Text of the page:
Last year, I was two years out of a major heartbreak, and my heart was finally starting to feel like it was mending and ready to cautiously open again. The ground beneath my feet was feeling a lot more solid. I had started seeing somebody unexpectedly beginning of November, and the lightness and promise of this new dynamic had me feeling like I might actually enjoy the holidays for the first time in a number of years. That budding relationship, however, came to an abrupt ending just a month in, and so my heart - while nowhere near as deeply wounded as with my more significant relationships - was feeling a bit bruised, and, yet again, I wanted only to make it past the holidays, so I could start anew in the upcoming year. With most of my family out of town, it was going to be a quiet holiday with lots of time for introspection, rest, journaling, visioning, and healing. Life presented a curve ball, however. A person near and dear to me experienced a major trauma the night before Christmas Eve. I woke up to a very difficult phone call in the wee morning hours of Christmas Eve, and the holidays turned out to be everything but restful and quiet. My experience of the trauma was second-hand, and I can't even begin to comprehend what the first-hand experience must have been like and the impact it still has. I was deeply shaken just being a witness to it, and the trauma lingered long beyond the holiday - for all affected.
This year, my experience of the holidays was a much kinder one. I got the peaceful Christmas I had hoped for last year, and I gave myself the luxury of time off work this year, to truly restore and re-group before returning for the new year, re-energized and re-inspired!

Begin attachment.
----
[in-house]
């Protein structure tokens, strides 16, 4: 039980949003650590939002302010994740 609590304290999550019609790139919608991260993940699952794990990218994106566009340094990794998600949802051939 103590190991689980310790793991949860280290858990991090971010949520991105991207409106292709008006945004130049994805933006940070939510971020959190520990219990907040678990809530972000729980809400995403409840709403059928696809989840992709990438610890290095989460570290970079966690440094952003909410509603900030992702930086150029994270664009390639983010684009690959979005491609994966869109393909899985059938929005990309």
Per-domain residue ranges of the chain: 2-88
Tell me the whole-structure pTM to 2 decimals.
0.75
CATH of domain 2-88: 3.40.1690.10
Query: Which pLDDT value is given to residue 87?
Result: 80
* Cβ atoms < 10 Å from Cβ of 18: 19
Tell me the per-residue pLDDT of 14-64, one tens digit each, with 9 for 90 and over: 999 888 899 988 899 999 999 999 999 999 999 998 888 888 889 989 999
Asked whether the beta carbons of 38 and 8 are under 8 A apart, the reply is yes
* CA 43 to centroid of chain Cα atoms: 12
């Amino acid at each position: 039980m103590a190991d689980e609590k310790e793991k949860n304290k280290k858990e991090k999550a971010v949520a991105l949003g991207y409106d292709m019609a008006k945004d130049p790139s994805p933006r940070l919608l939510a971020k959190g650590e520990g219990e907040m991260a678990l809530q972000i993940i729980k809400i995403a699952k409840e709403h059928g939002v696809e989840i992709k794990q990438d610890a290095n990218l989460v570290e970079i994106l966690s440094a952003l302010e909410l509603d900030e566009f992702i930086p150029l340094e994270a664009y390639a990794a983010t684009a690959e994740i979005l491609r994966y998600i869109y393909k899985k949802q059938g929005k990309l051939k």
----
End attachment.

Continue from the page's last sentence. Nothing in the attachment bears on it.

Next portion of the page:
And still... the layers of Christmases past were alive in me this holiday season, even as peace prevailed and my heart was held tenderly. Memories surfaced, and my body showed signs of fatigue that were greater than usual. I don't think it's coincidental that so many folks come down with colds over the holidays. There is so much to process this time of year. Emotions past, as well as anxieties over what lies ahead, dynamics with family, grieving for lost loved ones, feeling more aware than usual of the empty spaces in our lives... We may not always consciously remember all those past experiences, but the body remembers.
A dear friend told me once that she gets depressed every year at a certain time, and, every year, it takes her a moment to realize it is that time... the time that holds the anniversaries of several losses. Our bodies remember. We may have done much healing work and be in a much stronger, happier place in our lives, but those memories are embedded at a deep cellular level, and they cycle back to the surface during these times of energetic convergence. They are a part of who we are, and they've significantly shaped who we've become.
The longer we live, the more memories we carry in our cellular matrix, and, while that may feel daunting to consider, they do not have to become sandbags that weigh us down. If we can recognize and honor our experiences for who they've propelled us to become and see them as the catalysts they have been for us, we can release their weight and allow them instead to become colorful strands of fabric that have been woven into the tapestry of our being and added depth and richness to who we are today. Amongst these strands, there will be golden ones. They may sometimes be hidden behind the duller colors, but they will always resurface and add sparkle to our tapestry. The golden flecks are the light of our soul shining through and the beautiful experiences that have lit us up and made us feel alive. If we look closely, we can see the colors of the special souls whose paths have crossed ours, for however long, interwoven in our own design. We are equally a part of theirs.
How challenging and painful and uncertain and magical and beautiful it is to be a human being. ✨
Thank you for sharing this journey with me and for the color and the richness you add to my tapestry and the tapestry of our world. My life and this world would not be the same without you. 🙏🏼
So much love.
Angie K. 💗
(The photo is of my hometown, taken several years ago a few days after Christmas, by a dear friend, Julia Edel.)